A report into how the first CITES-approved ivory sale led to an increase in elephant poaching In 1997, CITES Parties voted to down-list the elephant populations of Botswana, Namibia and Zimbabwe, followed swiftly by a supposedly one-time only sale in 1999 of stockpiled ivory to Japan
In the remote and supposedly protected park in Kalimantan, we found previously pristine rainforest in a state of violent chaos, effectively under siege from logging gangs targeting valuable ramin trees, despite the fact that it was vital habitat for endangered orangutans
An investigation into Japan’s Dall’s porpoise hunt, the largest cetacean kill in the world. At least 18,000 Dall’s porpoises are killed in Japan’s coastal waters every year and new evidence has found an increasing proportion of them are mature, lactating females – an indication of severe overhunting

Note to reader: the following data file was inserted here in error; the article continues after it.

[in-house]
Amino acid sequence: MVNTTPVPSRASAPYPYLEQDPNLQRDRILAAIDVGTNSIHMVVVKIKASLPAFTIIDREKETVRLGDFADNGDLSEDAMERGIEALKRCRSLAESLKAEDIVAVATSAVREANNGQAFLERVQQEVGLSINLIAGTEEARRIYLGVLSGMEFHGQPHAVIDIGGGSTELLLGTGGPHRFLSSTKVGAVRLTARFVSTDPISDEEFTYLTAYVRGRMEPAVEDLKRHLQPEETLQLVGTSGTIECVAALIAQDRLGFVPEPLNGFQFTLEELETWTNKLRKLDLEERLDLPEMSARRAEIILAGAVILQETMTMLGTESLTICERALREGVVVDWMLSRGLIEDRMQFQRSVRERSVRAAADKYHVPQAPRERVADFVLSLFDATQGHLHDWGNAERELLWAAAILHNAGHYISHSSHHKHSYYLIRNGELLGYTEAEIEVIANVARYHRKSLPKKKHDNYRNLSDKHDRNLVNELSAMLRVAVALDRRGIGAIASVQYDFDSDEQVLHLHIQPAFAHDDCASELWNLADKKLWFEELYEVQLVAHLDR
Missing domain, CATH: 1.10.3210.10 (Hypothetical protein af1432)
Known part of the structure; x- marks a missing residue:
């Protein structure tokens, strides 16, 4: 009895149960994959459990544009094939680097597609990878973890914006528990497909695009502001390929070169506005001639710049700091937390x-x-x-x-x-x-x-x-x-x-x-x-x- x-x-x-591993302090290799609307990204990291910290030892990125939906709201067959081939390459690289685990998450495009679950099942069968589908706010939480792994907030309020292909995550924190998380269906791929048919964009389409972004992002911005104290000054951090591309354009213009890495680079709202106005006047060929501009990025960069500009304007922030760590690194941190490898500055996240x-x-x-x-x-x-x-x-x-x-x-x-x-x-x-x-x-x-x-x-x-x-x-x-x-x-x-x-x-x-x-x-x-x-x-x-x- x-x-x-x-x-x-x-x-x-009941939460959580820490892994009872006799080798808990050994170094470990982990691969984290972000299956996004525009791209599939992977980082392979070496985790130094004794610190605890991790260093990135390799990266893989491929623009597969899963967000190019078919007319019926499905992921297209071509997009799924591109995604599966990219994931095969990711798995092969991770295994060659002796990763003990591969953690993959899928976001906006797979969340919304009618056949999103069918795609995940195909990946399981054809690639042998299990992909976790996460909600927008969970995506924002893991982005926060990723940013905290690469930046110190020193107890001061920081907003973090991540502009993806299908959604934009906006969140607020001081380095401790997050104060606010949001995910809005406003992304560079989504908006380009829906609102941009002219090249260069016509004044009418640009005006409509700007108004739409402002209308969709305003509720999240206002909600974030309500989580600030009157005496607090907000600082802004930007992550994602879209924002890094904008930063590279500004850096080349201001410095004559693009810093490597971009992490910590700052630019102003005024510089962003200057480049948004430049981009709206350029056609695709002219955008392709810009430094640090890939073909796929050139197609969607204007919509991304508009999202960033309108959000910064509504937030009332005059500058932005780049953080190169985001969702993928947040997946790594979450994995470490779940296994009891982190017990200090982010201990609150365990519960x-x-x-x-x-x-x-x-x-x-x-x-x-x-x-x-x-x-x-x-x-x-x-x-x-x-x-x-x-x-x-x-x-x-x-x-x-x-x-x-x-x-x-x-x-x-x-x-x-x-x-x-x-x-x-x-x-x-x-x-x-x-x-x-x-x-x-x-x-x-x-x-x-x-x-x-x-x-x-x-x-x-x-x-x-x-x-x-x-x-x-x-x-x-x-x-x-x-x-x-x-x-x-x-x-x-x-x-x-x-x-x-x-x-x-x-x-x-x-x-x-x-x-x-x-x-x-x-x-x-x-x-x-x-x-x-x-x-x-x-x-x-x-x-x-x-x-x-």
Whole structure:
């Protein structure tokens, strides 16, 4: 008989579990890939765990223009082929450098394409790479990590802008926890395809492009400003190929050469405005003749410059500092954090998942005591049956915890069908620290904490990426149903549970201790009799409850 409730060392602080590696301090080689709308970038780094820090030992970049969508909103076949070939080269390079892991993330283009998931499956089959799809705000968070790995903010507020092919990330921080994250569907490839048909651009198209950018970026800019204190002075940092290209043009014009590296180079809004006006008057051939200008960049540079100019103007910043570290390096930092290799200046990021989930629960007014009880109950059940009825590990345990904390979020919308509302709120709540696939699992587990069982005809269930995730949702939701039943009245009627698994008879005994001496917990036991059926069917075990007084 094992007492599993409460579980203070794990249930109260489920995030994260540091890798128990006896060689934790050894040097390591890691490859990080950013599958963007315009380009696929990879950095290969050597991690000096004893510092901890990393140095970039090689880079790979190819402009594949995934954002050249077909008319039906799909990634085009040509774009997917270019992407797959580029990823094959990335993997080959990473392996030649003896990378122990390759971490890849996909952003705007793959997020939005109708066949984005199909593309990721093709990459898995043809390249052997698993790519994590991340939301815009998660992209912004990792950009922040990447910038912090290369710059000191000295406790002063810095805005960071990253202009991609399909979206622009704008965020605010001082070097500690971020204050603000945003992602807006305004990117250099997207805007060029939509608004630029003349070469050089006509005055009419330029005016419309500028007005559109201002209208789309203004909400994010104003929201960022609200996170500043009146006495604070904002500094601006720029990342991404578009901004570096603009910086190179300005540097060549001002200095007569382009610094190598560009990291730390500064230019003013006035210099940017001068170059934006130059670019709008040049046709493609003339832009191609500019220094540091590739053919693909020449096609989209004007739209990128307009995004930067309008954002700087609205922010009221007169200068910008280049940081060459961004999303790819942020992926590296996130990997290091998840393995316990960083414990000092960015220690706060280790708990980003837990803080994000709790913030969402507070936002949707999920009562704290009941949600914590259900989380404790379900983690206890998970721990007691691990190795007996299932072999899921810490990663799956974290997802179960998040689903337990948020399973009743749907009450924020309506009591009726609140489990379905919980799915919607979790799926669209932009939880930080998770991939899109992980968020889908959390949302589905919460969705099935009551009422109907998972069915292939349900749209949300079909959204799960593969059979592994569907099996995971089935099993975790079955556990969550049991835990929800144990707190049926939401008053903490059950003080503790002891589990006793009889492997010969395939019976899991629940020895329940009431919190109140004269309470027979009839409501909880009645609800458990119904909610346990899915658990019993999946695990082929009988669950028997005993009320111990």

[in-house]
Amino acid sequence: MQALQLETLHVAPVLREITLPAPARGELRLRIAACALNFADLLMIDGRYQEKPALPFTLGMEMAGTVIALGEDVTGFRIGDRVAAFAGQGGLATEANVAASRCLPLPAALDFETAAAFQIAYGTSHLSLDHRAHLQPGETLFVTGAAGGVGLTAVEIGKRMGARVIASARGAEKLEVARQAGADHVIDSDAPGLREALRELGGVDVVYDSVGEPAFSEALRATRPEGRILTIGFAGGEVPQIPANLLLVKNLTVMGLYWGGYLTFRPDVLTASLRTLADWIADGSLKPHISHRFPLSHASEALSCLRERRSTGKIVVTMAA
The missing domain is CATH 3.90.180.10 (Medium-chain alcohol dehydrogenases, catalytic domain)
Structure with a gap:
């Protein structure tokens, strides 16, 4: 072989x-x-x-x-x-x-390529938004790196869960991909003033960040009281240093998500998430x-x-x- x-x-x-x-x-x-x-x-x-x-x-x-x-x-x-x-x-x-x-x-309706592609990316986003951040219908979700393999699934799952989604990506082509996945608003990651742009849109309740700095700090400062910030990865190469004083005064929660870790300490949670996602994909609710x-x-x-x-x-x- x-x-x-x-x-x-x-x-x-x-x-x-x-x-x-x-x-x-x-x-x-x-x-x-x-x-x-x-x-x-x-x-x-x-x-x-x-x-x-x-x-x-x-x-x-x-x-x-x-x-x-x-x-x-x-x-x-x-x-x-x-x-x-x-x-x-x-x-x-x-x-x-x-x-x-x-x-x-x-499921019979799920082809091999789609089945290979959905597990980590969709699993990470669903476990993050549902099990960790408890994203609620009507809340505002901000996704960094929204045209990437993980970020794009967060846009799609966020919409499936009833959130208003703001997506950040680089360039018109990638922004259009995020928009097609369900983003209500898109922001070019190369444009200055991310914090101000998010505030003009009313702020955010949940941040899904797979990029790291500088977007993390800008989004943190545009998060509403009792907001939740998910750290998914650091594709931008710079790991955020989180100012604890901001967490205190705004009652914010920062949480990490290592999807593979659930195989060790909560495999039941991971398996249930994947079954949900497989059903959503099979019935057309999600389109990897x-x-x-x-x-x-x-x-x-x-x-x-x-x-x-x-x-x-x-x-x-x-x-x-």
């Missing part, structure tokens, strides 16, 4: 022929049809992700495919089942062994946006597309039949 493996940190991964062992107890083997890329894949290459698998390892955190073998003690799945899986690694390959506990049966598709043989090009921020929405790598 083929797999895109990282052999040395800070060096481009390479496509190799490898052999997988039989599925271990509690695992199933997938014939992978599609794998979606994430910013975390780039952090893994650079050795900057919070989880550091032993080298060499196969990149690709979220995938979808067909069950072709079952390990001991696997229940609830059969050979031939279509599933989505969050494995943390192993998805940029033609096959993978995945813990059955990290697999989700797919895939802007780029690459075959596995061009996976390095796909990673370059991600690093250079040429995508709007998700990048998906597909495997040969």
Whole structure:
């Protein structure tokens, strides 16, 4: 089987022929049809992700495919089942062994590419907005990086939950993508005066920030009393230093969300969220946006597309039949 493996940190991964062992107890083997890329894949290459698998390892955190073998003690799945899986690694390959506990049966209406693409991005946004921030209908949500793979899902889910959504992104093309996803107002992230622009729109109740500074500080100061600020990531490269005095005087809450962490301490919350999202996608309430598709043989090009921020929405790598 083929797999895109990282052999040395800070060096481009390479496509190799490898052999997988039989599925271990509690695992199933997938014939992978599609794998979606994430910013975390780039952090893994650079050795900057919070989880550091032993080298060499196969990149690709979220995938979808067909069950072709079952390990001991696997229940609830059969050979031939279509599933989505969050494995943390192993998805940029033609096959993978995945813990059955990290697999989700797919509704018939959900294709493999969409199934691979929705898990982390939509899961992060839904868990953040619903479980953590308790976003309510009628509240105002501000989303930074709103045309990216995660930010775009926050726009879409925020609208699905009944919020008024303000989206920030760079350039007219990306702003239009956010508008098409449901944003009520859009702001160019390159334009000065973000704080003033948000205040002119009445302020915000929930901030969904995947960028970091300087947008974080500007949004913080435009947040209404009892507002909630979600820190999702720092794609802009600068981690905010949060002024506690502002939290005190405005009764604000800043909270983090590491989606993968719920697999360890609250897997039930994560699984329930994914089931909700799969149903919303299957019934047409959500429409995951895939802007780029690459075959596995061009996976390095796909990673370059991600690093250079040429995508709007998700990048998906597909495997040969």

A report on the threat posed to the last remaining populations of orangutans by illegal logging and the conversion of forest land to oil palm plantations. The wild orangutan population has crashed by up to 50 per cent in the past decade, leaving only 15,000 -25,000 surviving
India is home to two thirds of the world population of tigers. The immediate threat to their survival is from poaching to supply the Asian markets for tiger bones and body parts. In India the Royal Bengal tiger edges towards extinction because of a complete lack of political will to save it.
The elephants of southern Africa are under fire in the front line of a conflict that has raged for more than two decades. The Appendix I listing of the African elephant by CITES has proved to be a success in countries which have demonstrated the political will to implement the ban on trade in elephant products